• (Of a person) Having an unemotional and stolidly calm disposition.

Get a new word in your inbox every day.

By subscribing you are agreeing to our Privacy Policy and Terms of Use.

Example Sentences

“Patrick has a phlegmatic temperament; he doesn’t anger easily.”

“Some people mask their emotions behind a more phlegmatic exterior.”

“Queen Elizabeth II of England was known for her usually phlegmatic demeanor.”

Word Origin

Latin, mid-14th century

Why this word?

This word originates from the Old French “fleumatique,” which derives from the Greek “phlegmatikos,” meaning “inflammation.” Whereas “inflammation” is a bodily reaction to injury or infection, phlegmatic people are noted for their lack of reaction. These stoic people may be said to have a “stiff upper lip” in Britain, but the phlegmatic philosophy is rooted in ancient Greece. The Spartans developed a strict culture of discipline that would one day act as inspiration for the British public school system.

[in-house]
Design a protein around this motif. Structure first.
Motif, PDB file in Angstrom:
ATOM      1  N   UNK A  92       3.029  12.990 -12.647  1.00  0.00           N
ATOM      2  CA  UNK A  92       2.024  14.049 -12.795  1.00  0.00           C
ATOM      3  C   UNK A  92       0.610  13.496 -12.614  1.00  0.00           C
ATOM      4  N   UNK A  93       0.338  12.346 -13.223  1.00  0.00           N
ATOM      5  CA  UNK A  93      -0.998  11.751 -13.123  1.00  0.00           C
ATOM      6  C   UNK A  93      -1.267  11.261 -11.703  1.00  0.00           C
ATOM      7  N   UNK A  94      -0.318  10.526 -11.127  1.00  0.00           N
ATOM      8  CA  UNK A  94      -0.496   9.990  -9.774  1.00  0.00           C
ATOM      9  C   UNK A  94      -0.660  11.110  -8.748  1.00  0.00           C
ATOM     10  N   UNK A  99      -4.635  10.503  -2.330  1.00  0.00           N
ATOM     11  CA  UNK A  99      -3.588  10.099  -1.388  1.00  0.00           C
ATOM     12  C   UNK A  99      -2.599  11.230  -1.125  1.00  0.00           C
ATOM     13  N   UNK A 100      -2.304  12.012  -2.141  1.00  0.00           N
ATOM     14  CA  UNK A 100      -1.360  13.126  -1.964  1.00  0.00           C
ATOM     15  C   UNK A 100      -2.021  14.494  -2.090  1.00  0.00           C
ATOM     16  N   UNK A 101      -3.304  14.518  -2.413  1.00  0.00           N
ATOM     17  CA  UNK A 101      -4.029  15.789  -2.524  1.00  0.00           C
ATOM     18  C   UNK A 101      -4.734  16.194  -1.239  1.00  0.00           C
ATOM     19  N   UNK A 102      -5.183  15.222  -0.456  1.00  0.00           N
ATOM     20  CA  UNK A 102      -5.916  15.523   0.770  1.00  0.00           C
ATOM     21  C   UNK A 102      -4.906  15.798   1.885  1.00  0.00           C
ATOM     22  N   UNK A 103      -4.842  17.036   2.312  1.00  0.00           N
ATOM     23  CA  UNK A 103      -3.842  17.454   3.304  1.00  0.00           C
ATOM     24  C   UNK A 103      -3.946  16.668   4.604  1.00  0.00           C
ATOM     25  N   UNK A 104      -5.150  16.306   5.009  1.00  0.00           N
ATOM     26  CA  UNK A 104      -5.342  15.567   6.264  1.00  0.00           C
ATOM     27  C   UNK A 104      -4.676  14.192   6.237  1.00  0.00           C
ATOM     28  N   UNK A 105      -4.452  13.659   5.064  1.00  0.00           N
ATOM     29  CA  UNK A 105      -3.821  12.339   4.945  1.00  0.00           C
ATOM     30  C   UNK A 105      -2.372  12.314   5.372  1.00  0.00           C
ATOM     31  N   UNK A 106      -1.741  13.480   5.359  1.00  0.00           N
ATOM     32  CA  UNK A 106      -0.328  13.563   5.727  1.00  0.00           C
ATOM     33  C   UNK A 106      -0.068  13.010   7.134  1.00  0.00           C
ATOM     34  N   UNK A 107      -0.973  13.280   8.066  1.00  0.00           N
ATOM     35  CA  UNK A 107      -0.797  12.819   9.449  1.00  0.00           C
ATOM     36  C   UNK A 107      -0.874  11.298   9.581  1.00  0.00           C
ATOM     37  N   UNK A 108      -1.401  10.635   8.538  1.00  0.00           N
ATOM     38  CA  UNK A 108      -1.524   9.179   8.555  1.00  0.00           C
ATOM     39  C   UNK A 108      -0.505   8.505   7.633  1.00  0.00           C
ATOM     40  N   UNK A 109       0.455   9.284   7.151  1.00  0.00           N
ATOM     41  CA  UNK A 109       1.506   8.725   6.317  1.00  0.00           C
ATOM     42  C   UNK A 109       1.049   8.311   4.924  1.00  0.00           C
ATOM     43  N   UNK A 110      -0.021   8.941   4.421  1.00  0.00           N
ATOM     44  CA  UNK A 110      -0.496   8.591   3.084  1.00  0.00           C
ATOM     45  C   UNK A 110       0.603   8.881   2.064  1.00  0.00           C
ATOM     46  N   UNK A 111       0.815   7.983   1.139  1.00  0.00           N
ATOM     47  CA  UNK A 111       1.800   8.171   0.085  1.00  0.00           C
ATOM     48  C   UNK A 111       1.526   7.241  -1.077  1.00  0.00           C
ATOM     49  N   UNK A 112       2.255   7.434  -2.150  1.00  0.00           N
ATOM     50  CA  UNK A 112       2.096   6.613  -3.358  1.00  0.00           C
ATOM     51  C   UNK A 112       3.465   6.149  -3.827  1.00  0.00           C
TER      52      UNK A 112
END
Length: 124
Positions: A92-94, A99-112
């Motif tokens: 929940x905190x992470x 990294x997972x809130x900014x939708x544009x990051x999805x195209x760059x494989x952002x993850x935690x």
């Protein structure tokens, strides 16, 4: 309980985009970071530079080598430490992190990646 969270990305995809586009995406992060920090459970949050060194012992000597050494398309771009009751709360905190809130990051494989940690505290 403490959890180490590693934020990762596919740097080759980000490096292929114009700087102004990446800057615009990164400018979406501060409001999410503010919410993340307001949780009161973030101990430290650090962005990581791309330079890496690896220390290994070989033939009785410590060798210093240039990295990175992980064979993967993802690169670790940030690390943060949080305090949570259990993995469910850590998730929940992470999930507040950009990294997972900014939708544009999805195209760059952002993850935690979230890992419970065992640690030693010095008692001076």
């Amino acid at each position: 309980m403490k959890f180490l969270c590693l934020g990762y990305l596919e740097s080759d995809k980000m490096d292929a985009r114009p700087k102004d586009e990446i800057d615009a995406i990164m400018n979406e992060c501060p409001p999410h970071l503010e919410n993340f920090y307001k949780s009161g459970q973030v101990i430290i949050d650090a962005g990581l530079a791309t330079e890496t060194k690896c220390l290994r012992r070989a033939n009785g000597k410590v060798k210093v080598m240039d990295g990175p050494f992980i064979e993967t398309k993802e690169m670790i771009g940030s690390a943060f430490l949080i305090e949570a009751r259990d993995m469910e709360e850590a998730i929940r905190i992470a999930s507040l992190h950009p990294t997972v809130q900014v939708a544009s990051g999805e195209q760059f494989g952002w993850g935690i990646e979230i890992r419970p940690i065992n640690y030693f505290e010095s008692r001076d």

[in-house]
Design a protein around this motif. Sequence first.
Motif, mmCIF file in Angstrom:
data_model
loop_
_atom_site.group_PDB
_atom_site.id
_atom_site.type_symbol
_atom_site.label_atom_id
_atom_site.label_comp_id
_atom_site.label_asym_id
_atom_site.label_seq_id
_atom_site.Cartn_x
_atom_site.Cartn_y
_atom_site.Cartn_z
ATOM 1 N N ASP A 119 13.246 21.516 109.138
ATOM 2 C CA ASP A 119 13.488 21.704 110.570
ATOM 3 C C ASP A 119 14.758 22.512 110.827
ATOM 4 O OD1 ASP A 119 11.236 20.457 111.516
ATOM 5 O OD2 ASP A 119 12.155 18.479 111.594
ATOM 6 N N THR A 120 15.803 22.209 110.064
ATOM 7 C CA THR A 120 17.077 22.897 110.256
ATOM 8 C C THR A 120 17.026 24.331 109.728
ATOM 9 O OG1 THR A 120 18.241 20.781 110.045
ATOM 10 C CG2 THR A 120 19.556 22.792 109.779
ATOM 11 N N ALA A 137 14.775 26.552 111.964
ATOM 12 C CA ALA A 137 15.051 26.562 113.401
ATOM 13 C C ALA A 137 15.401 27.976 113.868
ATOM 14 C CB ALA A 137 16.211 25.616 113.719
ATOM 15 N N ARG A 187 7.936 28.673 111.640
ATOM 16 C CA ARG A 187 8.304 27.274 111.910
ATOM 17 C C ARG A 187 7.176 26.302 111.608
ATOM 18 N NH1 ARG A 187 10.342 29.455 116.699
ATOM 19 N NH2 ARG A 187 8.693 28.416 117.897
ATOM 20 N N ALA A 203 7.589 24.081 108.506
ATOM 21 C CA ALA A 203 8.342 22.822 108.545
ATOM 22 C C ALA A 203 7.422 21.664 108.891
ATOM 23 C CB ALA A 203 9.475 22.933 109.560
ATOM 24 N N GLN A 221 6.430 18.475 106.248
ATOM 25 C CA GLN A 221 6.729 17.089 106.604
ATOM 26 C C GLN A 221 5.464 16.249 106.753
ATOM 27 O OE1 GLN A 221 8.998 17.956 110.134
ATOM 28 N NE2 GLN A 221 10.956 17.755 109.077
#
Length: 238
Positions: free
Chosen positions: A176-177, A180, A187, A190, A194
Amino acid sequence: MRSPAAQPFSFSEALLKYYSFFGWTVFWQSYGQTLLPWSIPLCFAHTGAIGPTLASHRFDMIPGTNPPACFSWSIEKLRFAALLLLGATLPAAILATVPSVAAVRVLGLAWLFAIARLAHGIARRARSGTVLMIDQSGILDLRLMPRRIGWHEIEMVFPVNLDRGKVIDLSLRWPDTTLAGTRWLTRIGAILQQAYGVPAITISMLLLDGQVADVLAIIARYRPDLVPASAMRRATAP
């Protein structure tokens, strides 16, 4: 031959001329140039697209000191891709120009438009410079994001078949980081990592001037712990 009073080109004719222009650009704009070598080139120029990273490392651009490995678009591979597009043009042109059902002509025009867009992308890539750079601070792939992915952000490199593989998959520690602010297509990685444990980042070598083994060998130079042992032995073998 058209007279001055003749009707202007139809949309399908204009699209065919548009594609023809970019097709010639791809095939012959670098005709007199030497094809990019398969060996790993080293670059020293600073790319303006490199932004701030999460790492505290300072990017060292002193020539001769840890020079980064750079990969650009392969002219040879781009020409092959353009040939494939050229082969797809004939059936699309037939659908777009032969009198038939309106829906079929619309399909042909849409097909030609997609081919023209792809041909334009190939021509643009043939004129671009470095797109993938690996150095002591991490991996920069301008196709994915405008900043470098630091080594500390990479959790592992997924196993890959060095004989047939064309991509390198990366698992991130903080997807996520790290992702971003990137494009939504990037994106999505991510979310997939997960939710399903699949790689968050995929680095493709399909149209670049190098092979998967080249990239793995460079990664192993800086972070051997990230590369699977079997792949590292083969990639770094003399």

• More brands you’ll love

    Elevate Your Everyday

    More brands you’ll love

    Elevate Your Everyday

    Subscribe to Better Report to receive tips and tricks that will save you money, maximize your time, and improve your life.

    Subscribe to Better Report
    By clicking “Subscribe” you’re agreeing to Better Report Terms of Use and Privacy Policy

Learn a new word Cachinnation